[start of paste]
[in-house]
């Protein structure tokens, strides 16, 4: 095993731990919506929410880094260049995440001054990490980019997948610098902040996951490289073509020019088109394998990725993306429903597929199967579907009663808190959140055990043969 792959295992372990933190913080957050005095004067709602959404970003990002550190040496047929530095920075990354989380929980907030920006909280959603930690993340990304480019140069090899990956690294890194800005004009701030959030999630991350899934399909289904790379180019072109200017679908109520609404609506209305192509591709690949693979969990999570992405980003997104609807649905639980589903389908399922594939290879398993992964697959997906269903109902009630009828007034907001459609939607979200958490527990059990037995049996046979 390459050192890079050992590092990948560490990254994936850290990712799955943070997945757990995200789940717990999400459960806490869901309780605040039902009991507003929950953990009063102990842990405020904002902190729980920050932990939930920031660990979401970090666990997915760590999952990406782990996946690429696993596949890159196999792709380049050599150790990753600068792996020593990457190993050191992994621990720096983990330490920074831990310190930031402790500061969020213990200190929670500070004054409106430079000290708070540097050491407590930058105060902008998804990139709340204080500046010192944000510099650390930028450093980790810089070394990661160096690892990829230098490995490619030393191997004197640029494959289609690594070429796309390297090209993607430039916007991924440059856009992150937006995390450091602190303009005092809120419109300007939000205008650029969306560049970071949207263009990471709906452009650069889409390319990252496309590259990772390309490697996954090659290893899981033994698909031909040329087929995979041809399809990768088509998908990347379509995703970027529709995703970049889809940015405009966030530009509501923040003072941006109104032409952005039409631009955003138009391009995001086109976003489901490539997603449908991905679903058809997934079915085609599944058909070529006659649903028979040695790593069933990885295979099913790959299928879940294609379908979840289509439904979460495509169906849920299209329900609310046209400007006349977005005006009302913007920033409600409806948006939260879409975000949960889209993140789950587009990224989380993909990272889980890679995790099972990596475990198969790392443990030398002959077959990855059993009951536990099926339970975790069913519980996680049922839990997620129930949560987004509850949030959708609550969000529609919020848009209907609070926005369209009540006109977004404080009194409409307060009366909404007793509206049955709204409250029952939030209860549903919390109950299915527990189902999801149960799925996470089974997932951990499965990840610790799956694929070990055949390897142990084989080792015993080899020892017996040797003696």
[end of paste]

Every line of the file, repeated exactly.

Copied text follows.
[in-house]
């Protein structure tokens, strides 16, 4: 095993731990919506929410880094260049995440001054990490980019997948610098902040996951490289073509020019088109394998990725993306429903597929199967579907009663808190959140055990043969 792959295992372990933190913080957050005095004067709602959404970003990002550190040496047929530095920075990354989380929980907030920006909280959603930690993340990304480019140069090899990956690294890194800005004009701030959030999630991350899934399909289904790379180019072109200017679908109520609404609506209305192509591709690949693979969990999570992405980003997104609807649905639980589903389908399922594939290879398993992964697959997906269903109902009630009828007034907001459609939607979200958490527990059990037995049996046979 390459050192890079050992590092990948560490990254994936850290990712799955943070997945757990995200789940717990999400459960806490869901309780605040039902009991507003929950953990009063102990842990405020904002902190729980920050932990939930920031660990979401970090666990997915760590999952990406782990996946690429696993596949890159196999792709380049050599150790990753600068792996020593990457190993050191992994621990720096983990330490920074831990310190930031402790500061969020213990200190929670500070004054409106430079000290708070540097050491407590930058105060902008998804990139709340204080500046010192944000510099650390930028450093980790810089070394990661160096690892990829230098490995490619030393191997004197640029494959289609690594070429796309390297090209993607430039916007991924440059856009992150937006995390450091602190303009005092809120419109300007939000205008650029969306560049970071949207263009990471709906452009650069889409390319990252496309590259990772390309490697996954090659290893899981033994698909031909040329087929995979041809399809990768088509998908990347379509995703970027529709995703970049889809940015405009966030530009509501923040003072941006109104032409952005039409631009955003138009391009995001086109976003489901490539997603449908991905679903058809997934079915085609599944058909070529006659649903028979040695790593069933990885295979099913790959299928879940294609379908979840289509439904979460495509169906849920299209329900609310046209400007006349977005005006009302913007920033409600409806948006939260879409975000949960889209993140789950587009990224989380993909990272889980890679995790099972990596475990198969790392443990030398002959077959990855059993009951536990099926339970975790069913519980996680049922839990997620129930949560987004509850949030959708609550969000529609919020848009209907609070926005369209009540006109977004404080009194409409307060009366909404007793509206049955709204409250029952939030209860549903919390109950299915527990189902999801149960799925996470089974997932951990499965990840610790799956694929070990055949390897142990084989080792015993080899020892017996040797003696």